If you've unwittingly bought travel insurance because an airline or booking website automatically opted you into cover then MoneySavingExpert.com is today urging you to reclaim that cash.

Very few consumers have attempted to get their money back this way so we are appealing to victims not to put up with shoddy behaviour from travel firms anymore.

Key Points

  • Travel firms flout rules by auto-selecting insurance
  • If mis-sold, try to reclaim
  • Chances of success unclear, but try your luck

As few have claimed, there is little precedent to indicate your chances of success, though it is clear many firms have flouted the rules, which points to potential redress.

If that happens, it will create the precedent to help others.

What's the issue?

Many firms pre-select the 'yes' option for travel insurance on online booking forms, meaning those who fail to act or don't notice it face steeper holiday costs. In some cases this can exceed £250 for a family of four (See the £250 holiday trap MSE News story).

Earlier this week, we published the results of our research into which travel firms still automatically pre-tick boxes for optional products, including travel insurance, despite numerous warnings from the authorities (see the Travel firms still flout rules news story).

Our investigation found Opodo and Lastminute.com still pre-select optional travel insurance products. Past offenders include budget airlines EasyJet, Flybe, Jet2 and Monarch, as well as internet booking firms Expedia and Netflights.

Ryanair also makes optional travel insurance unclear. Rather than asking whether or not they want cover, it asks passengers to select the country they live in for the purpose of buying insurance. The only way to escape is to select 'No Travel Insurance' which is among the list of countries.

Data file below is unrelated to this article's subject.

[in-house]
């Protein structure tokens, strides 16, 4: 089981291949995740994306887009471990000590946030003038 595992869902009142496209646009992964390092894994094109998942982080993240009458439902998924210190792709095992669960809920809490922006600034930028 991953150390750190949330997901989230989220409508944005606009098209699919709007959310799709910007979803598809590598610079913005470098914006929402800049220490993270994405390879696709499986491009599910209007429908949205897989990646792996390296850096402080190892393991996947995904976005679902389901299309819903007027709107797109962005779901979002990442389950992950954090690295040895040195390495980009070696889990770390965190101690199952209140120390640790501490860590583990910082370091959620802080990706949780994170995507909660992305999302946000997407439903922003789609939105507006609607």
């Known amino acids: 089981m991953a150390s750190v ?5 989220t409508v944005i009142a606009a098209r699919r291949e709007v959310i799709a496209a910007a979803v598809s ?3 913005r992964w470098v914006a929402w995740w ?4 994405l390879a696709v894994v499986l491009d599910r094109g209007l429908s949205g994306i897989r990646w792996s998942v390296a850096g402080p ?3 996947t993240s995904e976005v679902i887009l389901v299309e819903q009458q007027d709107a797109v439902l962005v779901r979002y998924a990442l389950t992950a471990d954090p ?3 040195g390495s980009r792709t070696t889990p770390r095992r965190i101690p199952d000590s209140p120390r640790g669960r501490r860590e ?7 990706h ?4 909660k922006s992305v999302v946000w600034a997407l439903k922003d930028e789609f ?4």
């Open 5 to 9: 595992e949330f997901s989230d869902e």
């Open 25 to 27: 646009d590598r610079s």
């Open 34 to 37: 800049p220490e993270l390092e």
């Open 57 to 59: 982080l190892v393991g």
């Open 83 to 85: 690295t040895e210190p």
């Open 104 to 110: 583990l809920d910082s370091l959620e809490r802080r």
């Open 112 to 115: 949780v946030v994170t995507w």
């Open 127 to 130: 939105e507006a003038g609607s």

What are the rules?

Firms selling travel insurance have to abide by Financial Services Authority (FSA) general insurance rules. An FSA spokesman says "pre-ticking the insurance box interferes with customers' ability to make an informed decision".

What are your chances of success?

You stand a greater chance of getting your money back if you are claiming on insurance purchased from 1 January 2009 onwards, as this is when FSA rules on travel insurance were applied to travel firms.

The independent Financial Ombudsman Service, which arbitrates on disputes between insurance providers and consumers, can only rule on cases where cover was bought after that date.

The Ombudsman says because there has been little precedent previously on this subject, it cannot give guidance as to your chances, though it is worth a try.

It adds you're more likely to be considered for compensation if there was no terms and conditions box for insurance purposes you had to tick.

If you bought insurance before 2009, it may still be worth trying to claim from the firm who sold it to you but with a lower chance of success.

If successful, please report your victory in the discussion link below.

What should you do?

  • First complain to the firm which originally sold you the product.

  • For post 1 January 2009 sales, if you do not receive a satisfactory response within eight weeks or you're rejected earlier, take your complaint to the Ombudsman.

  • Meanwhile, if you unwittingly purchased optional travel insurance over the last 14 days, you still have until two weeks from the sale to cancel and get a refund.

Should you buy travel insurance?

Travel insurance is important as it can cover you for thousands of pounds worth of costs if the worst happens.

However, it is expensive when buying from an airline or travel site. In addition, many will already have it in place via an annual policy.

What about other sneaky airline charges?

It's not just travel insurance that firms automatically opt consumers into. Our investigation found some airlines also pre-tick boxes so you pay for checked baggage or in-flight meals.

This is a clear breach of EU rules which state all optional charges cannot be automatically added. However, there is nothing the UK regulator, the Civil Aviation Authority, can do to enforce EU legislation at this stage. It expects to have these powers within the next year.